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The 2-methylcitrate cycle is implicated in the detoxification of propionate in Toxoplasma gondii.


Limenitakis, Julien; Oppenheim, Rebecca D; Creek, Darren J; Foth, Bernardo J; Barrett, Michael P; Soldati-Favre, Dominique (2013). The 2-methylcitrate cycle is implicated in the detoxification of propionate in Toxoplasma gondii. Molecular Microbiology, 87(4):894-908.

Abstract

Toxoplasma gondii belongs to the coccidian subgroup of the Apicomplexa phylum. The Coccidia are obligate intracellular pathogens that establish infection in their mammalian host via the enteric route. These parasites lack a mitochondrial pyruvate dehydrogenase complex but have preserved the degradation of branched-chain amino acids (BCAA) as a possible pathway to generate acetyl-CoA. Importantly, degradation of leucine, isoleucine and valine could lead to concomitant accumulation of propionyl-CoA, a toxic metabolite that inhibits cell growth. Like fungi and bacteria, the Coccidia possess the complete set of enzymes necessary to metabolize and detoxify propionate by oxidation to pyruvate via the 2-methylcitrate cycle (2-MCC). Phylogenetic analysis provides evidence that the 2-MCC was acquired via horizontal gene transfer. In T. gondii tachyzoites, this pathway is split between the cytosol and the mitochondrion. Although the rate-limiting enzyme 2-methylisocitrate lyase is dispensable for parasite survival, its substrates accumulate in parasites deficient in the enzyme and its absence confers increased sensitivity to propionic acid. BCAA is also dispensable in tachyzoites, leaving unresolved the source of mitochondrial acetyl-CoA.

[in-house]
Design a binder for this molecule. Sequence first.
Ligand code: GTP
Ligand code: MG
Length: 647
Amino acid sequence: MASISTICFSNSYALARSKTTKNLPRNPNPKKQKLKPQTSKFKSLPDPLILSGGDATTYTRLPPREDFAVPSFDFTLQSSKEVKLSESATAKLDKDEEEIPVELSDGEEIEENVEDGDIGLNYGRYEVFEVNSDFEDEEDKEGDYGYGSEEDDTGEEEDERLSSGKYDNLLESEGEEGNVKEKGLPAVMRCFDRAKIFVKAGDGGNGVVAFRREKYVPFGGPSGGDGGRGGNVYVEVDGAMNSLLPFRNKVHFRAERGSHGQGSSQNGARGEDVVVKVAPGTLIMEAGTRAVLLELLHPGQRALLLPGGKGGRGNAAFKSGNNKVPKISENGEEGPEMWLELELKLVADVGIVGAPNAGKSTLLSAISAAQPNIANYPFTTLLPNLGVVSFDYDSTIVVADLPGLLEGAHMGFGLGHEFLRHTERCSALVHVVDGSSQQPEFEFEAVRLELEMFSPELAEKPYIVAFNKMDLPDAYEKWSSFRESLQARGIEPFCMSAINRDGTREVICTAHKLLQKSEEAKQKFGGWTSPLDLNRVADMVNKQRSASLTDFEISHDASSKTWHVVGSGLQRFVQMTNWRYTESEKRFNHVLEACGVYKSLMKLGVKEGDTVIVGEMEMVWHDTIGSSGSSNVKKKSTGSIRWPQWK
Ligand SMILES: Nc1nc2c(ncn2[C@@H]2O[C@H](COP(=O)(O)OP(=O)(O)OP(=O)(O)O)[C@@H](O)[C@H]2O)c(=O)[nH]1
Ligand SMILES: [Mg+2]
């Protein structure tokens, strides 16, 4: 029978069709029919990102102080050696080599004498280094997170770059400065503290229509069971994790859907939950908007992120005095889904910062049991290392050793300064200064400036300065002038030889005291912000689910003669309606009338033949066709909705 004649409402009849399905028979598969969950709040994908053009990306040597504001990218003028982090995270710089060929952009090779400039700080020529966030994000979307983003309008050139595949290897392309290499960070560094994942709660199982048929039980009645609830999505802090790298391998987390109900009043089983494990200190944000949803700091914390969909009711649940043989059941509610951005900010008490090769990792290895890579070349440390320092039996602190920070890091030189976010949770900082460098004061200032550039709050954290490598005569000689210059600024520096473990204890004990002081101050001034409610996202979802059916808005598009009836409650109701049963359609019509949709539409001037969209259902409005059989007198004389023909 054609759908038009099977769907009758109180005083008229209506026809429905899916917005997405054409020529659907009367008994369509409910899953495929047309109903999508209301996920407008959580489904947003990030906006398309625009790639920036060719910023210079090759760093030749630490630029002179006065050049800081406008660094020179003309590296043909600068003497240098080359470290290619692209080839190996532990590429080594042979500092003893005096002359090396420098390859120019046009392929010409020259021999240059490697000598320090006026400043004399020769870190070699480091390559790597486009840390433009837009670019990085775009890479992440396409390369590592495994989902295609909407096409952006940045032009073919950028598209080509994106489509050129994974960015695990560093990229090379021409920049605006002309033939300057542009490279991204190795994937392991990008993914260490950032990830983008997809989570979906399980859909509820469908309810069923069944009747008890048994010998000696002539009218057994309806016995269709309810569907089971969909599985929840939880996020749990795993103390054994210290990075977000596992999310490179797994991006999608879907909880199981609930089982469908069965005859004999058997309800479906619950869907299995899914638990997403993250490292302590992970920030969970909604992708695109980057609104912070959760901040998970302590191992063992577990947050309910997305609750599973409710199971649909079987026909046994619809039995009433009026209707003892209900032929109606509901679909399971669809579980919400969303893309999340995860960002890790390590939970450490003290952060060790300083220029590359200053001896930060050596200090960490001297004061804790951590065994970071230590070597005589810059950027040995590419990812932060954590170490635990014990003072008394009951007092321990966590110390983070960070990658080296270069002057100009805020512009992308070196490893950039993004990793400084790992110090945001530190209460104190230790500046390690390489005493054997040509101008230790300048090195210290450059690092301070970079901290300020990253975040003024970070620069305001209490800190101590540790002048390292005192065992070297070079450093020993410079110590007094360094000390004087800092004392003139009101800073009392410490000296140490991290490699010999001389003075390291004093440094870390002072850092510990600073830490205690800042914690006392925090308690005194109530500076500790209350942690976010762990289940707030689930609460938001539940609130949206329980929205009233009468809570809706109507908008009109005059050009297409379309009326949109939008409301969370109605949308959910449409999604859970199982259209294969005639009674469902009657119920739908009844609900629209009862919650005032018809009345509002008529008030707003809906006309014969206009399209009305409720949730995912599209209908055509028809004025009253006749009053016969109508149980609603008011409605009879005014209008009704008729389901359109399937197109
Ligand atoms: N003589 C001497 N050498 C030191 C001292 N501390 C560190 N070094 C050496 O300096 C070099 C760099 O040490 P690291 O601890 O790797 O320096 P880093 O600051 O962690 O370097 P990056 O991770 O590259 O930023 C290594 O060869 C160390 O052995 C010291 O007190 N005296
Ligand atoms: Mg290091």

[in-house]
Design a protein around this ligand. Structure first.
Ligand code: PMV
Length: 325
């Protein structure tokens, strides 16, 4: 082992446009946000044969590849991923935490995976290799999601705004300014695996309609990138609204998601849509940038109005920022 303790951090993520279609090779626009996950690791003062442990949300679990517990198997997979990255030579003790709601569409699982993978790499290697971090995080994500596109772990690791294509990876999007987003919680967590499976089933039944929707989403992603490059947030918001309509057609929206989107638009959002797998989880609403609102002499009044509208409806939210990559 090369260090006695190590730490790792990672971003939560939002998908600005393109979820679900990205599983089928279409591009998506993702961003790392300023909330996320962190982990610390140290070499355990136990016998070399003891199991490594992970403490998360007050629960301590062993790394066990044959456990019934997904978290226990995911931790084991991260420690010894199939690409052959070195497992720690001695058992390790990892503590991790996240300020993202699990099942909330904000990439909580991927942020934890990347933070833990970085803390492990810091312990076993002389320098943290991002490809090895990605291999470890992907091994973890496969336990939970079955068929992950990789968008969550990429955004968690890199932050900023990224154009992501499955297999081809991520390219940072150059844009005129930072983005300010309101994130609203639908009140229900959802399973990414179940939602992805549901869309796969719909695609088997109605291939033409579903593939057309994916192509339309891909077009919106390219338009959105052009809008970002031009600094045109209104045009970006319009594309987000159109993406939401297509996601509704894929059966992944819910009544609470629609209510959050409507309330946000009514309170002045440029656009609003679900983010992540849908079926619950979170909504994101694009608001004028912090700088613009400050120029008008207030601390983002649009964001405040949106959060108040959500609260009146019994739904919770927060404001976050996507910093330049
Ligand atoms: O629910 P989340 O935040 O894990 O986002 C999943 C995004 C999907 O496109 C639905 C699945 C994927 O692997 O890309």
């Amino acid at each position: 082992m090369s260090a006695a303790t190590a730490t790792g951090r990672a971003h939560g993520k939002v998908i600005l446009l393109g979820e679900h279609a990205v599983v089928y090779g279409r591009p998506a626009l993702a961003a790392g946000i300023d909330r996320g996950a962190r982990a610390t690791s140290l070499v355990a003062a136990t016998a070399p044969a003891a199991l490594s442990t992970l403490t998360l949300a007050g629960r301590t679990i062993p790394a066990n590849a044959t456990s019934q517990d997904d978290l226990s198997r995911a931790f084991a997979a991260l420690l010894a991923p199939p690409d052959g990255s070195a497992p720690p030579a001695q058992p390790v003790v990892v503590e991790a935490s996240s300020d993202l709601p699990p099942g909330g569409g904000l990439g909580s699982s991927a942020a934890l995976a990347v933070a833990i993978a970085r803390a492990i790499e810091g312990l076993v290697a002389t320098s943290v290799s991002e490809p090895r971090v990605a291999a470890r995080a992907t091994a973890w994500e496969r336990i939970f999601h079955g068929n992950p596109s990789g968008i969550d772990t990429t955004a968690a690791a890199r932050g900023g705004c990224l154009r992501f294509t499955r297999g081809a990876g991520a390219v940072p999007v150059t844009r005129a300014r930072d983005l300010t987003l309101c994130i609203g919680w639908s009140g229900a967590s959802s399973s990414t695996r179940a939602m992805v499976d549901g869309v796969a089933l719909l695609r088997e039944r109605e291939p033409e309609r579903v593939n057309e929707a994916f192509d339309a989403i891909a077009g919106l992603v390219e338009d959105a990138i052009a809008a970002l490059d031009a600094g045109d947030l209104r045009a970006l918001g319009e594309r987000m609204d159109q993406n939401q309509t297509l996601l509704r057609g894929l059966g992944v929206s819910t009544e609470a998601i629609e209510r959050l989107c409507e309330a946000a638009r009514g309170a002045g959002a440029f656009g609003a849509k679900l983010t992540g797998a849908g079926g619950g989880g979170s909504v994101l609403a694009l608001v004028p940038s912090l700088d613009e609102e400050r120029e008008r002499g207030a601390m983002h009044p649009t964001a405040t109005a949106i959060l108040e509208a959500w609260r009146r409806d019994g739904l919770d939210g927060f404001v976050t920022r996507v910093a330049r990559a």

Toxoplasma gondii belongs to the coccidian subgroup of the Apicomplexa phylum. The Coccidia are obligate intracellular pathogens that establish infection in their mammalian host via the enteric route. These parasites lack a mitochondrial pyruvate dehydrogenase complex but have preserved the degradation of branched-chain amino acids (BCAA) as a possible pathway to generate acetyl-CoA. Importantly, degradation of leucine, isoleucine and valine could lead to concomitant accumulation of propionyl-CoA, a toxic metabolite that inhibits cell growth. Like fungi and bacteria, the Coccidia possess the complete set of enzymes necessary to metabolize and detoxify propionate by oxidation to pyruvate via the 2-methylcitrate cycle (2-MCC). Phylogenetic analysis provides evidence that the 2-MCC was acquired via horizontal gene transfer. In T. gondii tachyzoites, this pathway is split between the cytosol and the mitochondrion. Although the rate-limiting enzyme 2-methylisocitrate lyase is dispensable for parasite survival, its substrates accumulate in parasites deficient in the enzyme and its absence confers increased sensitivity to propionic acid. BCAA is also dispensable in tachyzoites, leaving unresolved the source of mitochondrial acetyl-CoA.

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Item Type:Journal Article, refereed, original work
Communities & Collections:Special Collections > SystemsX.ch
Special Collections > SystemsX.ch > Research, Technology and Development Projects > LipidX
Special Collections > SystemsX.ch > Research, Technology and Development Projects
Dewey Decimal Classification:570 Life sciences; biology
Language:English
Date:2013
Deposited On:11 Jul 2013 10:24
Last Modified:05 Apr 2016 16:50
Publisher:Wiley-Blackwell
ISSN:0950-382X
Free access at:Publisher DOI. An embargo period may apply.
Publisher DOI:https://doi.org/10.1111/mmi.12139
PubMed ID:23279335
Permanent URL: https://doi.org/10.5167/uzh-79038

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